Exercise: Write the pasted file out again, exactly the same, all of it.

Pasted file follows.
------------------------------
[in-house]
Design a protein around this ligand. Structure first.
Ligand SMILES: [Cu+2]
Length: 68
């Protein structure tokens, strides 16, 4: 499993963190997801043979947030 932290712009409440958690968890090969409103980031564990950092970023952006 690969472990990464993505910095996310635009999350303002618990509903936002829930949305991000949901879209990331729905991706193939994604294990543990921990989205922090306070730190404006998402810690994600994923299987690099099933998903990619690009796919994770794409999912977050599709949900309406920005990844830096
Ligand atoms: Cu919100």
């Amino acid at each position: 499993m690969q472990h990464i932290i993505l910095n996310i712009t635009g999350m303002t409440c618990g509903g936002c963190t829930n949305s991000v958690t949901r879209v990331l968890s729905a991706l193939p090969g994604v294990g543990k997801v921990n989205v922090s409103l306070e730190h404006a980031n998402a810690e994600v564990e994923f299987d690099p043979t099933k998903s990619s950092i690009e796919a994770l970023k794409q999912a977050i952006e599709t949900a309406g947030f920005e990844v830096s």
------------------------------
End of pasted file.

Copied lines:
[in-house]
Design a protein around this ligand. Structure first.
Ligand SMILES: [Cu+2]
Length: 68
């Protein structure tokens, strides 16, 4: 499993963190997801043979947030 932290712009409440958690968890090969409103980031564990950092970023952006 690969472990990464993505910095996310635009999350303002618990509903936002829930949305991000949901879209990331729905991706193939994604294990543990921990989205922090306070730190404006998402810690994600994923299987690099099933998903990619690009796919994770794409999912977050599709949900309406920005990844830096
Ligand atoms: Cu919100």
């Amino acid at each position: 499993m690969q472990h990464i932290i993505l910095n996310i712009t635009g999350m303002t409440c618990g509903g936002c963190t829930n949305s991000v958690t949901r879209v990331l968890s729905a991706l193939p090969g994604v294990g543990k997801v921990n989205v922090s409103l306070e730190h404006a980031n998402a810690e994600v564990e994923f299987d690099p043979t099933k998903s990619s950092i690009e796919a994770l970023k794409q999912a977050i952006e599709t949900a309406g947030f920005e990844v830096s």